Welcome to the Hay Festival Winter Weekend 2021 programme.
You will need to purchase tickets whether you attend in person or watch online.
If you wish to attend in person, please see the individual listings below for ticket prices.
If you intend to watch online, the best value option is the Online Festival Pass for £25, which will allow you to watch all streamed events either live or on replay for the duration of the festival. Individual online event tickets cost £5 each. Please note that the Online Festival Pass is for viewing events online only.
To whet your appetite, there will also be five Winter Warmer events to watch and enjoy online featuring Matt Haig, Siri Hustvedt, Bill McKibben, Steven Pinker, and the 2021 Booker Prize winner. These events will be free for everyone to watch and will be available online on our website from 15 November.
Anyone attending in-person must adhere to current Welsh Government Covid-19 guidelines and the entry requirements of the Festival, which can be found here.
Henry Blofeld led the commentary on Test Match Special for five decades, before retiring four years ago. He was inspired to delve into past triumphs and near-misses of historic matches when re-reading Newbolt’s 1892 poem Vitai Lampada, about a cricketing schoolboy’s commitment to duty, both on the pitch and in the field of battle.
Ten to make and the match to win—
A bumping pitch and a blinding light,
An hour to play and the last man in.
Blofeld brings to life 30 Test Match cliff-hangers, ranging from the match-winning bowling of Australia’s F. R. Spofforth against W.G. Grace’s England in 1882, via the first tied Test between Benaud's Australia and Worrell’s West Indies in 1960, to the never-say-die batting of Ben Stokes in 2019. He revisits less celebrated matches such as South Africa's hard-fought first Test win in 1906, a crucial innings from Denis Compton in 1948, and a match-saving performance by a young Alan Knott in Guyana in 1968.
He talks to cricket writer Peter Hayter who has ghost-written books with Ian Botham, Phil Tufnell and Marcus Trescothick.
The world will have been in Glasgow at COP26 in early November, thrashing out how we can reduce, manage and mitigate the impacts of climate change. We know that this is going to require a major shift in the way we live, work and play. Our expert panel looks at key decisions made at COP26 and discusses the role of creativity, design, storytelling and innovation in conveying the issues and ultimately influencing behavioural change.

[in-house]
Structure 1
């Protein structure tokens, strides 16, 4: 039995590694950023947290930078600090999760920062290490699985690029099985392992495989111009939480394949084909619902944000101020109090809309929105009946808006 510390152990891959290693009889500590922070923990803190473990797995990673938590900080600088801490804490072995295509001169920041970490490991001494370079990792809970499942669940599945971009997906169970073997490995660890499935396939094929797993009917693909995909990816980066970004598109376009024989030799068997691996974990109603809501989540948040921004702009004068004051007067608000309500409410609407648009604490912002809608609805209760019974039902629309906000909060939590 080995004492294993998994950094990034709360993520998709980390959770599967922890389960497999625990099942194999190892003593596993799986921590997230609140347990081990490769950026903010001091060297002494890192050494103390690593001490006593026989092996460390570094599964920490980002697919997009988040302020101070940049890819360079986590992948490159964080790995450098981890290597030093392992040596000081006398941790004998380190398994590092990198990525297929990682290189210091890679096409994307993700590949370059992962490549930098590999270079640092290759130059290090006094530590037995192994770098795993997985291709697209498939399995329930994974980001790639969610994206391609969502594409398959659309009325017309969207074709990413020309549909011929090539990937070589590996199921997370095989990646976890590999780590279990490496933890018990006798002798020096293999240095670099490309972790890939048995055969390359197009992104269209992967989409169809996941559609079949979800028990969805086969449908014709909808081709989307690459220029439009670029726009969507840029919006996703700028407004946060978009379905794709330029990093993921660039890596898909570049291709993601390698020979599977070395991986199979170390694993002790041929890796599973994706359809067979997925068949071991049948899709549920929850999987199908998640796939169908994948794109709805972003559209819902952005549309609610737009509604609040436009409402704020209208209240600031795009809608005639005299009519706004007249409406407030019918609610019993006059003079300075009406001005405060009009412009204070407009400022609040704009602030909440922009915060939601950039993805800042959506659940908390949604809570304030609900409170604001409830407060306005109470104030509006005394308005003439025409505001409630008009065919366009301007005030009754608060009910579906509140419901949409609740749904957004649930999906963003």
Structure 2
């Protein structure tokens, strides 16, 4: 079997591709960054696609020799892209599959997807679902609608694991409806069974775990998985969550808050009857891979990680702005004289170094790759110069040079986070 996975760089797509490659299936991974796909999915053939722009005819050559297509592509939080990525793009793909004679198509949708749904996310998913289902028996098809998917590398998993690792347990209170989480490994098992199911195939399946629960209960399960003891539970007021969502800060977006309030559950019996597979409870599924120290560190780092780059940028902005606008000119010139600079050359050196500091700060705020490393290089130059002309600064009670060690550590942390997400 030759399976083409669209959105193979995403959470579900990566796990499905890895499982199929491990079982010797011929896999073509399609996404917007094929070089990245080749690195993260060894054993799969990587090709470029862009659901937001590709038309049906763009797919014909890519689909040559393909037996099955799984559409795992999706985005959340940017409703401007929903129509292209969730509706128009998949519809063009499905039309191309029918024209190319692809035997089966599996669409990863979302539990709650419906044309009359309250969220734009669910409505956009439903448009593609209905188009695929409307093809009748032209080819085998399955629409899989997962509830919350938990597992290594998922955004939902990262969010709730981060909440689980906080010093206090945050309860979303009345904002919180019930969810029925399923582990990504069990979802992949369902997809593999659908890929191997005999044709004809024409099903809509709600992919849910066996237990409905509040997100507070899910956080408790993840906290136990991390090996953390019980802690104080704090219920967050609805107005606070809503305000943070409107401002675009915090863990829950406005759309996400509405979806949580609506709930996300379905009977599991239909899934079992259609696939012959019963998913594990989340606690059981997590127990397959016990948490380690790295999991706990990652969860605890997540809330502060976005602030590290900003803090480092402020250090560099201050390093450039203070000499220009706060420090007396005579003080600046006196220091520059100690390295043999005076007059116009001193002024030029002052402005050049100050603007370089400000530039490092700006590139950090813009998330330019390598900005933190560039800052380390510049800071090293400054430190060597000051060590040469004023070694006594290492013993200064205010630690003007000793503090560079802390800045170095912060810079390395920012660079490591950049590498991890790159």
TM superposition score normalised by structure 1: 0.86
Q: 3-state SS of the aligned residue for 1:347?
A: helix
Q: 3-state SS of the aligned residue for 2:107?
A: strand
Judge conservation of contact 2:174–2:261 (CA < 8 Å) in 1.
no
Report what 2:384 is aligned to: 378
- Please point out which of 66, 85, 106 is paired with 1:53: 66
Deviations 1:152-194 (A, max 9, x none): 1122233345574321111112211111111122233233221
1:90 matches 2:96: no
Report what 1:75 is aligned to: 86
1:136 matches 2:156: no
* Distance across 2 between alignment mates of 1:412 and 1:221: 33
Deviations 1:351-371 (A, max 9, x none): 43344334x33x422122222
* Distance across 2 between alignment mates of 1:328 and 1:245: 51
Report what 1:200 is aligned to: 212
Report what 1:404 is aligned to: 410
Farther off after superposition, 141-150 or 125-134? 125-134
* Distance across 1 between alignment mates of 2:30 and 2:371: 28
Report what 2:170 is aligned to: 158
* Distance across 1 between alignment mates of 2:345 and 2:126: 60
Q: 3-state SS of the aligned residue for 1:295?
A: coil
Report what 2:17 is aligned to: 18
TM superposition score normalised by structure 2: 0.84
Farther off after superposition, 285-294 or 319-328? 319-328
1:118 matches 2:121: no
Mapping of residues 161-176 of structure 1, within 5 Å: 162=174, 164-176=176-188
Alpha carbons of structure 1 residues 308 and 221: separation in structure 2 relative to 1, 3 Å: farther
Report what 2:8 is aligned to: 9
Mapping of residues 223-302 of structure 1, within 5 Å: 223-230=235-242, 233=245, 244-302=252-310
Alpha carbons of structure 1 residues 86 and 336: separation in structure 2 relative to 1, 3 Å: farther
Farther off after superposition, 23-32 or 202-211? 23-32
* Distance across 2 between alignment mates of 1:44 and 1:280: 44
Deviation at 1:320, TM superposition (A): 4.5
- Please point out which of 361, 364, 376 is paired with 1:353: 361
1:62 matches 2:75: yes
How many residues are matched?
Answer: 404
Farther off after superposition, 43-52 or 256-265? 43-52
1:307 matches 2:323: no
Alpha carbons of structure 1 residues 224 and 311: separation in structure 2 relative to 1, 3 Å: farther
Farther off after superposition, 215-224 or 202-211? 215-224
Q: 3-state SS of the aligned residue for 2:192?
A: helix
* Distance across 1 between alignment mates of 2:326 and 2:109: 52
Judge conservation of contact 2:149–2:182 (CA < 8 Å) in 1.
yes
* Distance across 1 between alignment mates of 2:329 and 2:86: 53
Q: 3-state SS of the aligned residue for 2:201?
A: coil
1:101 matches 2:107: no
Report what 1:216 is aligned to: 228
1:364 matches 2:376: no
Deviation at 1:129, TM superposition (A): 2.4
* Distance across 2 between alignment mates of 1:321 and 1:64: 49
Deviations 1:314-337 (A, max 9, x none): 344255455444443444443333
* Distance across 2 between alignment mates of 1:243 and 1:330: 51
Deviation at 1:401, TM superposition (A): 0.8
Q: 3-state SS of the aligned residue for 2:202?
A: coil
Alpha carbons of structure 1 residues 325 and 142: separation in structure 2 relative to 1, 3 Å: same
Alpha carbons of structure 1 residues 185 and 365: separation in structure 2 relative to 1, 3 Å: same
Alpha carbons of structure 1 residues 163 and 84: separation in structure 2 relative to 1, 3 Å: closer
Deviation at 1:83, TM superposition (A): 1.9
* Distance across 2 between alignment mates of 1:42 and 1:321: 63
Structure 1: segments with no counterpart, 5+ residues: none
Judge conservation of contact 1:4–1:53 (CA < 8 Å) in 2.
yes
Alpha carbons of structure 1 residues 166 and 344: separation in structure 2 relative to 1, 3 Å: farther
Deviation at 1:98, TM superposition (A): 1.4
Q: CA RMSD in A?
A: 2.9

Owen Sheers is a poet, playwright, author and screenwriter including most recently The Trick - The ClimateGate Affair, Amika George is the founder of the Free Periods campaign and author of Make it Happen - How To Be An Activist, Sophie Howe is the Future Generations Commissioner for Wales. They talk to Hay Festival's Sustainability Director, Andy Fryers.
From the author of The Templars comes the story of how our world was built, exploring the rise of the West to global domination, from a state of crisis and collapse. He identifies three key themes underpinning this achievement: commerce, conquest and Christianity.
Hallie Rubenhold is an author, social historian, broadcaster and historical consultant for TV and film.
Climate change is the defining issue of our time. And just as it is accelerating, so too must we summon up a greater sense of urgency. The good news is that we still have time to address the challenge, if we move now – and move together. The co-founder of sustainable development charity Forum for the Future explores the positives of new technology, innovation, activism of young people – and the growing sense of solidarity between generations as young and older grasp their obligation to secure a safer world.
Jonathon Porritt was Director of Friends of the Earth 1984–90, co-chair of the Green Party 1980-83 and from 2000-2009 was Chair of the UK Sustainable Development Commission.
Hannah Martin is the Co-Executive Director of Green New Deal UK.